I have a soft spot in my heart (some would say in my head, as well) for new writers. Anyone who wants to chart a path in a career that by definition includes more rejection than acceptance deserves both my sympathy and my support.
[Publishing industry joke:
Q: How does a book get into print?
A: Someone forgets to say "no."]
Though I hardly think I've "made it" -- primarily because my mantel is entirely devoid of a single Oscar statuette and the Pulitzer people never call -- I'm happy to be of assistance to those who want my humble help.
I believe it is important for writers to find their place in a community of like-minded people. Ideally, members of that community should be at varying levels of career accomplishment.
• Some should be your peers – people with whom you share a common bond of reaching for a common goal.
• Some should be promising writers whom you can assist with advice and encouragement. We teach what we need to learn and I subscribe to the belief that we should help others avoid making our mistakes.
• And some should be patrons who are in a position to help and encourage you. This not only ensures the ongoing realization that one person will never know it all, but it also paves the path we take with pearls of gratitude and makes us more willing to mentor others when the opportunity arises.
When I conduct writing workshops, I am often surprised at the number of people who either a.) mob me and expect me to be their single shining source to All Things Published or b.) are terrified to voice a single question.
People in the “a” camp are delusional. I’m not an agent or publisher. I’m not going to take their manuscript, edit it on the spot, sell their magnum opus, or publish their book. And though I make a special effort to be approachable and available, I really don’t appreciate it when the “a people” follow me to the bathroom… Boundaries, people. Boundaries.
People in the “b” camp, however, do themselves and their writing a disservice. I realize that talking to people you don’t know can be scary, but putting yourself out there is part and parcel of the writer’s world. You might as well start by asking your question and getting an answer.
If you find a mentor – someone who is willing to offer advice and suggest ways to improve your craft, there are some do’s and don’t’s of making the most of their goodwill.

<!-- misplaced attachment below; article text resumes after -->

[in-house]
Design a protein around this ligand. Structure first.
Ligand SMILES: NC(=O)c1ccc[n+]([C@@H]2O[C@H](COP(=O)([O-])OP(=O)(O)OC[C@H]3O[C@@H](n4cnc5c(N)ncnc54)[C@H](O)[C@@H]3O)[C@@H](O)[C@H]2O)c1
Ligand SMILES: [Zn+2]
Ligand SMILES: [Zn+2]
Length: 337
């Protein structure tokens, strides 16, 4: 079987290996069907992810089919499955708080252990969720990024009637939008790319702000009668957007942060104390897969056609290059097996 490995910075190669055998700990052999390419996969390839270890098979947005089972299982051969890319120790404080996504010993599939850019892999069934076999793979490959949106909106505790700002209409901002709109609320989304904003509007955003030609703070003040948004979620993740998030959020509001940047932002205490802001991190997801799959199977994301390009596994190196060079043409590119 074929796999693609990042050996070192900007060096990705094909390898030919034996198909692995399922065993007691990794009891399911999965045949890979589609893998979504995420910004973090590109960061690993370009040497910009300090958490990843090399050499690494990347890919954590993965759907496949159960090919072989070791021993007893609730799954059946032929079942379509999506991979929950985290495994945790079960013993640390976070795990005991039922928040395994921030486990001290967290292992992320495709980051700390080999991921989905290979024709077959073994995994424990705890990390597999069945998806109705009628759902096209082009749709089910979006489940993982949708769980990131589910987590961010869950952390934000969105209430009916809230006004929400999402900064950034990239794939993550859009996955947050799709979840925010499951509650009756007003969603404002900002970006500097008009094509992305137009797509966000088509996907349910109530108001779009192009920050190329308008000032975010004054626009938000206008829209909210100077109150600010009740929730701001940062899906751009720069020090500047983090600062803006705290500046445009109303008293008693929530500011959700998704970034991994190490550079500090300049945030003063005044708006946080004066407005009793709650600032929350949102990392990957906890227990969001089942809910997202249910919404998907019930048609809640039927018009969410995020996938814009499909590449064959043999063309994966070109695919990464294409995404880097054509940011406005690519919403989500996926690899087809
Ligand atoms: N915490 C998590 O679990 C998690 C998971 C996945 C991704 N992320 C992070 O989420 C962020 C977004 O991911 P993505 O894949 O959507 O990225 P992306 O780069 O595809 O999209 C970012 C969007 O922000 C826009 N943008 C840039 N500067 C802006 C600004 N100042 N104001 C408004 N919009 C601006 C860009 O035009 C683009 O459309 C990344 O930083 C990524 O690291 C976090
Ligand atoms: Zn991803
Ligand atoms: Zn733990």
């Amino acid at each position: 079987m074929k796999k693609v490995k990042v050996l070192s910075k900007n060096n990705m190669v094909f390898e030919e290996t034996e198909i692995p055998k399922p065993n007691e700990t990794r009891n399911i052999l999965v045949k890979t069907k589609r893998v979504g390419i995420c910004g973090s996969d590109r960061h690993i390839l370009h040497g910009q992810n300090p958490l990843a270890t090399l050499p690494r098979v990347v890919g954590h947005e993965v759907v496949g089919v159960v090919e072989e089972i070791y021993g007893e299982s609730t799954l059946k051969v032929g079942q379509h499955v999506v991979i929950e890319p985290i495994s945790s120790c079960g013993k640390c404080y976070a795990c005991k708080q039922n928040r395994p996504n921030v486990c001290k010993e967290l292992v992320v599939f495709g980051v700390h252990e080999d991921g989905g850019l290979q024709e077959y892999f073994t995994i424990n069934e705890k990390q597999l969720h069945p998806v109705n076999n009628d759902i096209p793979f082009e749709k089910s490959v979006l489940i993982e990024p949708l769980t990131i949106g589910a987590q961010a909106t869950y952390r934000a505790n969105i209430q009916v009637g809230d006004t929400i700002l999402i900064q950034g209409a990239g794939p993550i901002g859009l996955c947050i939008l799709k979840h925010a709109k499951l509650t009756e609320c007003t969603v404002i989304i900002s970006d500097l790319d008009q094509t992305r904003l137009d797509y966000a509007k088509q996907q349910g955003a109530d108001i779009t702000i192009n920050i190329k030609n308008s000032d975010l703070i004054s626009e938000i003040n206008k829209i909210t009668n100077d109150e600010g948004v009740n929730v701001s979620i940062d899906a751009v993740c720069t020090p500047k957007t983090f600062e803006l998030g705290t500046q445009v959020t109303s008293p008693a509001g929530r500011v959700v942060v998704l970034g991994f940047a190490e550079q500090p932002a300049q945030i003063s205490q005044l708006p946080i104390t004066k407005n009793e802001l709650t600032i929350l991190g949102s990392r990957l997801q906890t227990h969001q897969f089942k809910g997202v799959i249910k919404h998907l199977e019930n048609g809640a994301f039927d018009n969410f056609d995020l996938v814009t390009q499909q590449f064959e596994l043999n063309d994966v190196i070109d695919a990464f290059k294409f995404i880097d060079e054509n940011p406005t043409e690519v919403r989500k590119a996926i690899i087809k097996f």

To illustrate the “DO’s,” I present an exhibit from this morning’s in-box (an update from a writer I've been offering advice to for the past several months):
"I love following your Facebook fanpage. You always have the most informative links. Thanks.
Color me pleasantly pleased right off the bat. There’s no need to grovel or shovel heaps of unnecessary accolades, but a few words that lets your mentor know you are invested in what he or she is doing makes that person willing to spend a few more moments to listen to what you have to say.
It’s OK to Brag a Bit
Today I had my first "assignment" from the [local paper] printed. I did the local story on wedding receptions for the bridal pull-out. It was a big comprehensive project, and I loved the challenge. I have been steadily writing, mostly for [redacted]. What is nice is that I write one article and sell it to other markets which increases my pay. I have completed the rough draft of my YA novel and am in the editing stages.
Bragging is especially relevant if your mentor has helped you break into a market or has given you specific advice that has furthered your writing career.
Make Them Feel Useful
I am excited to attend my first SCBWI conference in Lansing in May. I hope to … find out as much as I can about the [agents and editors that will be there] first, as you suggested. Anyway, just giving an update. Maybe you're tired of them, but I really do count you as a huge influence on this new venture in my life. Thanks again.
Tell your mentors that you’re listening to what they advised and explain how it’s working out for you. Don’t go overboard, but we all appreciate validation.
Keep it Short
Whether you drop a line of appreciation or a request for information, brevity is always appreciated. This particular writer e-mails me only on occasion. Sometimes she has a word of thanks for something I suggested that panned out. Sometimes she asks a question about the industry. She never wears out her welcome, however, and her messages are always brief -- so I always enjoy hearing from her.
When you find a mentor who is willing to work with you (or who is at least willing to open your e-mails or take your phone calls), be sure to avoid these “DON’T’s”:
• Don’t Get Greedy. Don’t expect the person giving you advice to personally recommend you to her agent, to set you up with his manager, to read, comment on, and edit your manuscript, to write back immediately, or to invite you over for a pajama party.
• Don’t Pimp Your Mentor. Guard your mentor’s contact information as if your life depended upon it. Always ask permission before passing it on to other people.
• Don’t Send Spam. Inundating someone’s in-box with what can only politely be termed “crap” is a sure way to lose any goodwill you may have gained in your initial contact.
• Don’t Whine. Working in any creative field is difficult. I guarantee that for every bad experience you have, your mentor has at least 10 that can top it. Whine to your cat, your dog, your spouse, or your Imaginary Friend. But when it comes to your mentor: don’t.
• Oh yeah – one more thing: Don’t Follow Her to the Bathroom. Really. Let her pee in peace. I’m not kidding.
Do you have any mentors who have helped you in your writing endeavors? Comment below and publicly thank them. What is the best thing that someone ever did that made a difference in your dreams? I'd love to hear about it.